In 2002, Burk, chair of the National Council of Women's Organizations, led a protest against the Augusta National Golf Club--home of the Masters golf tournament--for its refusal to admit women to the club. In riveting prose, she tells that story and draws out lessons for eliminating sex discrimination in corporations generally. In her initial letter to chairman Hootie Johnson, Burk simply requests that he review the club's policies and open the membership to women; Johnson's reply to Burk vilifies her and calls her references to discrimination offensive. As her struggle with the club intensifies, Burk learns that several powerful corporate presidents are members of the club (she includes a complete list of the club's members) and uncovers countless anecdotes of daily discrimination against women at their companies. She calls for companies to do "gender equity audits" to uncover the real statistics about matters such as the number of layoffs by gender and job category, the number of new hires by gender, including pay averages, and number of new board members by gender. With a terrific story on which to hang her recommendations, Burk achieves a rare hybrid of activism and entertainment. (Apr.) Copyright 2005 Reed Business Information.
As chair of the National Council of Women's Organizations, Burk (president, Ctr. for Advancement of Public Policy) wrote a letter, asking the Augusta National Golf Club to review its policies and open its membership to women. Burk tells the expanding story of her protest against the club. However, as she makes clear, her book is not about golf but power; at issue is sex discrimination in corporate America, how women who speak out are punished and marginalized, and how companies get awards for diversity without really doing anything. Chapters also cover issues such as how to recognize and overcome barriers to securing equal pay, finding good child care, and obtaining promotion. One chapter explores how laws both succeed and fail at stopping gender discrimination. Finally, Burk discusses what can and should be done to end this discrimination and bring women true parity. A call to action, this book is recommended for business and women's studies collections in academic and large public libraries.-Susan C. Awe, Univ. of New Mexico Lib., Albuquerque Copyright 2005 Reed Business Information.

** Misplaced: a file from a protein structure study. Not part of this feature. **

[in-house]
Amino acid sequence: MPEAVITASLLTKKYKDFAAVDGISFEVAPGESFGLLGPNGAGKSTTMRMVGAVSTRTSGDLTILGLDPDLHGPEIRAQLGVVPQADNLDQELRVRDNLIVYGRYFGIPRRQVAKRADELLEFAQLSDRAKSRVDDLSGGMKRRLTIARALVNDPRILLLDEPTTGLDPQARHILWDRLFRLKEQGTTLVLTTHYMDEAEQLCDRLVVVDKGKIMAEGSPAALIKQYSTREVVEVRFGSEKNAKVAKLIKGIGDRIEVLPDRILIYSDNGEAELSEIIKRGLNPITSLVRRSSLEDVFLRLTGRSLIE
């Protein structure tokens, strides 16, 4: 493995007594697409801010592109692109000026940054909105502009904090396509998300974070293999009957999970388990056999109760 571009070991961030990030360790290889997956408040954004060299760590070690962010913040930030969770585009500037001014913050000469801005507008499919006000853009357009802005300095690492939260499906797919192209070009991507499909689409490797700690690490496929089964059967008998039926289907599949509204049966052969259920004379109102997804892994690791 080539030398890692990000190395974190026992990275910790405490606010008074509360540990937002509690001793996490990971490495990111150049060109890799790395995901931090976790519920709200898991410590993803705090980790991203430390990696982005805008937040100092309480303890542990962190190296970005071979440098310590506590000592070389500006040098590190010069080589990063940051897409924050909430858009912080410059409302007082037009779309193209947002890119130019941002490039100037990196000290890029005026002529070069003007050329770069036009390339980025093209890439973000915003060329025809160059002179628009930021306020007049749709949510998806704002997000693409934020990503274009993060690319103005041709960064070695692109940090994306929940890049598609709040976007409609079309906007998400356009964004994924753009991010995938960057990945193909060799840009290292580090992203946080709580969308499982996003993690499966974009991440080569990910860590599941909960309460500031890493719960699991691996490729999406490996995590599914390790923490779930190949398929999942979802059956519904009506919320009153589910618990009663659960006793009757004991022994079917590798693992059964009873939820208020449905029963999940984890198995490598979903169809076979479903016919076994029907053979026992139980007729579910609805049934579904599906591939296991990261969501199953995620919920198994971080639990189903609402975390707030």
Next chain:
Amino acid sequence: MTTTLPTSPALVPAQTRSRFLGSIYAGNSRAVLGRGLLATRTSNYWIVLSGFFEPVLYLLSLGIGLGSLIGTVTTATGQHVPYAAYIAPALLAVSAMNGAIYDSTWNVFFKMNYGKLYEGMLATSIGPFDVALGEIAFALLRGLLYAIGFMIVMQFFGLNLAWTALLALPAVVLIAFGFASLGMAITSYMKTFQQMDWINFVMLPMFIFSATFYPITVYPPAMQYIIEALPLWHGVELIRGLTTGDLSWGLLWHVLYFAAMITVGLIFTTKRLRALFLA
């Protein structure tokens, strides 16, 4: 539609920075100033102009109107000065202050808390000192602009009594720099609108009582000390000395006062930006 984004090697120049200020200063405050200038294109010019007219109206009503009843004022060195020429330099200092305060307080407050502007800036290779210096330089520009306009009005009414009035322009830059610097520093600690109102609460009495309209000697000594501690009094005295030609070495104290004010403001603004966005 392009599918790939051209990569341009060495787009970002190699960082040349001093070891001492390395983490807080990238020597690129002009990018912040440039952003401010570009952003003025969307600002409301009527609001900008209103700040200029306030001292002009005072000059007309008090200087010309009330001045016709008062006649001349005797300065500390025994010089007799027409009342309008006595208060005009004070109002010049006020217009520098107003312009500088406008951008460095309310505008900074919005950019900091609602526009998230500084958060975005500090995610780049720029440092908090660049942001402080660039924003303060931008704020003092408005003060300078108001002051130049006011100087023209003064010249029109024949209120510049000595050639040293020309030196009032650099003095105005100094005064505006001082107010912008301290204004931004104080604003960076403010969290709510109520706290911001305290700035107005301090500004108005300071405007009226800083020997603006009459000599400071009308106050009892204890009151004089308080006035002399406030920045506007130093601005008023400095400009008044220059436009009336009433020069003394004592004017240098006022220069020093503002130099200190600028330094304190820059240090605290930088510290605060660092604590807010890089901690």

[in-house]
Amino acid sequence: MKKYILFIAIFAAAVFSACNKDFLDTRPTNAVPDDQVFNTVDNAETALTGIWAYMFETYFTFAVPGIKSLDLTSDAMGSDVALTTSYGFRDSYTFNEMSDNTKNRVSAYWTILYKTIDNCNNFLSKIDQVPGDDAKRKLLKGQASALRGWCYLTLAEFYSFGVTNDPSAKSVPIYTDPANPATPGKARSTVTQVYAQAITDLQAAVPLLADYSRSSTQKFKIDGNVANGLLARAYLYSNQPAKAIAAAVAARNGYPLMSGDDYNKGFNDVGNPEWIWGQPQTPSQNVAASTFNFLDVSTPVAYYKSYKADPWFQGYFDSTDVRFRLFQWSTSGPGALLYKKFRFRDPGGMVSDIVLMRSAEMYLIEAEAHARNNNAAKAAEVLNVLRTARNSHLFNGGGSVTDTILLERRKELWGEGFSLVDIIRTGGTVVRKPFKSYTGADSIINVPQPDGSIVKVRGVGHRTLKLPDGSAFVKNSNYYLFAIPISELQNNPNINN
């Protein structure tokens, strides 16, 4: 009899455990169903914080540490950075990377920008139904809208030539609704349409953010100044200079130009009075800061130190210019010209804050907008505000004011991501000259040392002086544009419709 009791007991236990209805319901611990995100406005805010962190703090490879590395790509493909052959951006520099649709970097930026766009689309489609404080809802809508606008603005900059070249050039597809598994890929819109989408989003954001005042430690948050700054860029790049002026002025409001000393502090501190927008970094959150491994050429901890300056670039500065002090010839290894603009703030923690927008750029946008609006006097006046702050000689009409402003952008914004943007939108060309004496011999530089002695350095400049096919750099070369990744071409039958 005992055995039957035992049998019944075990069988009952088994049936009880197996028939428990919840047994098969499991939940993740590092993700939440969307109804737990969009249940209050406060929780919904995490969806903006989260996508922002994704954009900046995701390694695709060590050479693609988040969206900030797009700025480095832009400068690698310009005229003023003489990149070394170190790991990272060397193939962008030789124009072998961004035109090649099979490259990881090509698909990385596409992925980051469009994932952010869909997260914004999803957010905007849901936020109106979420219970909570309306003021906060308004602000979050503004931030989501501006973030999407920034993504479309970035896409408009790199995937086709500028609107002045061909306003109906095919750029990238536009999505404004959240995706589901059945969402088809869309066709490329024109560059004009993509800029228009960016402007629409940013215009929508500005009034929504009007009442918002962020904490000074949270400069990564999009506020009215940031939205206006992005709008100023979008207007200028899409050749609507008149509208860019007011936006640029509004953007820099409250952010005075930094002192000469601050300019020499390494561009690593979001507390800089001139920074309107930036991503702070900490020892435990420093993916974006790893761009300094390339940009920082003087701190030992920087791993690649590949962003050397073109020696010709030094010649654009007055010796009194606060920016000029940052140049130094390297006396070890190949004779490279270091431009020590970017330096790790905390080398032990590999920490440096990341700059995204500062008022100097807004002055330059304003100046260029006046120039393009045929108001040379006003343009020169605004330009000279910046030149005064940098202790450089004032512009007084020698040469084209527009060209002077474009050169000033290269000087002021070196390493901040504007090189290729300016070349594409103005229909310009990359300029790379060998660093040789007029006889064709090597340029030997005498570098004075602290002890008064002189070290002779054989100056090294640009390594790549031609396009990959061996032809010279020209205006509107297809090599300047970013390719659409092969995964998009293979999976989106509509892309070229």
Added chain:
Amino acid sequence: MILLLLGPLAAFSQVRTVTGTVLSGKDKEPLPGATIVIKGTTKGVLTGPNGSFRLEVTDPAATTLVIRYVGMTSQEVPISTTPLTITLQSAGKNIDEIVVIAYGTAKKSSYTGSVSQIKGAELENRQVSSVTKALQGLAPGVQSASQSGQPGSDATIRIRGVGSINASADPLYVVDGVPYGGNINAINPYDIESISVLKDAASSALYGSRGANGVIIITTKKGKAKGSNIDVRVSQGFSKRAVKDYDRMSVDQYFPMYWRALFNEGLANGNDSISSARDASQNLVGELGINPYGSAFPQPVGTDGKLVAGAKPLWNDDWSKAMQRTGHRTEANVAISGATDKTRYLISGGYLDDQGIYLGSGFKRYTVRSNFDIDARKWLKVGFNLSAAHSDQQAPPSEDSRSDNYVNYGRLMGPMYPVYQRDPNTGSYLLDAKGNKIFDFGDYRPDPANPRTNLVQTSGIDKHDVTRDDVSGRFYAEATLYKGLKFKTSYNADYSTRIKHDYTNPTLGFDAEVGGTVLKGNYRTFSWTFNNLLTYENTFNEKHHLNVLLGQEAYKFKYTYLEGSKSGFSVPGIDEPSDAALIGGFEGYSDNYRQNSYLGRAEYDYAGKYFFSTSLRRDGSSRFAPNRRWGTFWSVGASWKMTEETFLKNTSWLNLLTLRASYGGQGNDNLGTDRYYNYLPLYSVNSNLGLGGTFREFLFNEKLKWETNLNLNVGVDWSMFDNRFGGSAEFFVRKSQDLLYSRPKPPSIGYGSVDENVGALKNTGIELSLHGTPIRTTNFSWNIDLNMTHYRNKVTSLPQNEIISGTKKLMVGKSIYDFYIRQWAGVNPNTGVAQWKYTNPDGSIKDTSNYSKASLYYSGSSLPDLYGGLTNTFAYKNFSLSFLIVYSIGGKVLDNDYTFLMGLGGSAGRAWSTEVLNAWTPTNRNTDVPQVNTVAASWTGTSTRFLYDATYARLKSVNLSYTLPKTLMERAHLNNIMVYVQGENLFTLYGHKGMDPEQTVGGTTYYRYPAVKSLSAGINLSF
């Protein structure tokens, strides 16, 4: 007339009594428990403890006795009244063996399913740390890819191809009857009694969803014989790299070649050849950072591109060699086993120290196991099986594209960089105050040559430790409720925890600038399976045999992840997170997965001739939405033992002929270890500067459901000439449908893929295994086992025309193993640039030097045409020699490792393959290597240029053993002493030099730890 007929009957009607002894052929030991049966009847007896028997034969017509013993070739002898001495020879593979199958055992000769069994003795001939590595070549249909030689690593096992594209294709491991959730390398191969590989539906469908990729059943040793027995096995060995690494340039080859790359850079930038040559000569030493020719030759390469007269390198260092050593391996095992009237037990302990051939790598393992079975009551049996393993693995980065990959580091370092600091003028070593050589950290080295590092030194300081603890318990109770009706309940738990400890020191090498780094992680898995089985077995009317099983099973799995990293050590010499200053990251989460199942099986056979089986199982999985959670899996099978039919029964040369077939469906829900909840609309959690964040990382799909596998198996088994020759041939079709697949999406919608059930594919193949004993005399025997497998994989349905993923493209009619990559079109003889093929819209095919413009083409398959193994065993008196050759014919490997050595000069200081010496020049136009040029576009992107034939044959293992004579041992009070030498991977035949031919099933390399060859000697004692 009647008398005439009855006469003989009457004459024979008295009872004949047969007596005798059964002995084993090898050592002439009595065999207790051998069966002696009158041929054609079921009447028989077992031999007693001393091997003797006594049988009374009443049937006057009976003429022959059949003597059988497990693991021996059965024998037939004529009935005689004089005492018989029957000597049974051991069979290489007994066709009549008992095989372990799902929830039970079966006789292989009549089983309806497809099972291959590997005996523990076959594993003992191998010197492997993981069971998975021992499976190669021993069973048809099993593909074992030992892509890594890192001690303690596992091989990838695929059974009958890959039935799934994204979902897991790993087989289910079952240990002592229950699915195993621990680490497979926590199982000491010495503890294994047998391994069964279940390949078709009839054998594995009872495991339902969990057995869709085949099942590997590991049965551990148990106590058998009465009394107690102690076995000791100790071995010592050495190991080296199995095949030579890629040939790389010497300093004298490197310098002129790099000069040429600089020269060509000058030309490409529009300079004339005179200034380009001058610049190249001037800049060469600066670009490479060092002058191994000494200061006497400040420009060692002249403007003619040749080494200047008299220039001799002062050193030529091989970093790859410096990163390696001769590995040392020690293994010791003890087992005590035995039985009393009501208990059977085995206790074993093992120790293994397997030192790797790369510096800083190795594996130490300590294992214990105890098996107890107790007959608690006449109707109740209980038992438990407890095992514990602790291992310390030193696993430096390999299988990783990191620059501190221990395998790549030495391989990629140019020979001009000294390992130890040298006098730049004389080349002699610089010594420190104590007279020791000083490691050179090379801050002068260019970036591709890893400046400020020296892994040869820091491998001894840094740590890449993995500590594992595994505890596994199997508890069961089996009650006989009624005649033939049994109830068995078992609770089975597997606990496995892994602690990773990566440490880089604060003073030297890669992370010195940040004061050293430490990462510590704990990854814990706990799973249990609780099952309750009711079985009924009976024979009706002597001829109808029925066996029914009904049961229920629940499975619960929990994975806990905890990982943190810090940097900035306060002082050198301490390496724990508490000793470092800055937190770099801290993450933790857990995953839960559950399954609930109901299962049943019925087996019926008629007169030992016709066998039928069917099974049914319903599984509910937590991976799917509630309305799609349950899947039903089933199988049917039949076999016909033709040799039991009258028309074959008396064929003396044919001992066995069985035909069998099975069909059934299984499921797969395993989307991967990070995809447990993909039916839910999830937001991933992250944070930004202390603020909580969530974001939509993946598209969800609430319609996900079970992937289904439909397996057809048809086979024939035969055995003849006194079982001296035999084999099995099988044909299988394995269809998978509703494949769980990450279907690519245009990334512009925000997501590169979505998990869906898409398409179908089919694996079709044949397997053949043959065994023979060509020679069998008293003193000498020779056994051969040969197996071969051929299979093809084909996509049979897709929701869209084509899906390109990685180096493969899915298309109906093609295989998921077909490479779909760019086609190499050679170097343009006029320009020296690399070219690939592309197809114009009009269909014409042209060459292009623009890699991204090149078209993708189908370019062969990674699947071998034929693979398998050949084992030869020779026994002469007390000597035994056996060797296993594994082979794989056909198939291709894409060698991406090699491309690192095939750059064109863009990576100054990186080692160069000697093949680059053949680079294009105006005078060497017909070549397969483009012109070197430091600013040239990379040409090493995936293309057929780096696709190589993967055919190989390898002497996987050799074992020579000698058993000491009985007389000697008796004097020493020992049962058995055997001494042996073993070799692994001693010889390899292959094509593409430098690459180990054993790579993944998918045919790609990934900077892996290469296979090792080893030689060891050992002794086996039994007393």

Enter the corridors of power and learn why so few women are there. The Augusta National Golf Club is that elite, secretive corridor of power that hosts the Masters Gold Tournament-and doesn't admit women. In 2002, Burk, the chair of the National Council of Women's Organizations, decided to take action by writing to Augusta to urge them to open their doors to women. Her letter sparked a firestorm, and the firestorm led to this book. The Augusta National Golf Club is our point of entry, but Burk's real subject isn't golf but the subtle, and not-so-subtle, ways corporate America discriminates against women. The author is no ideologue. Rather, she evenhandedly addresses all the important questions: What is the difference between public space and private space? Is it legal for a club like Augusta to refuse women members? What's the difference between an all-male club and, say, an all-white club? Are feminists trying to tell their hubbies that they can't get together with the guys on occasion? (And Burk is emphatically not trying to forbid anyone's hubbie from going out for a beer with male friends.) Beyond addressing the pay gap, Burk makes concrete suggestions-on-the-job day-care, for example-that could help level the field. Syndicated columnist Burk's account is distinguished as much by its form as by its content, for she has managed one of the hardest challenges of nonfiction writing: creating a distinctive tone without having the author's voice intrude too much on the pages. She strikes a perfect balance between the personal and impersonal, seeming variously tough, feisty, and self-critical, yet conveying all these qualities through the most occasional asides. One quibble concerns theproduction: the odd quotations in light-gray boxes scattered throughout the text are distracting (e.g., "An entirely different way of opening a can of whoop-ass," from a Fortune magazine golf-driver ad) and make the whole feel, alternately, like an eighth-grade textbook and a chatty women's mag. Still, simply, an important book. Agent: Peter Sawyer/Fifi Oscard Agency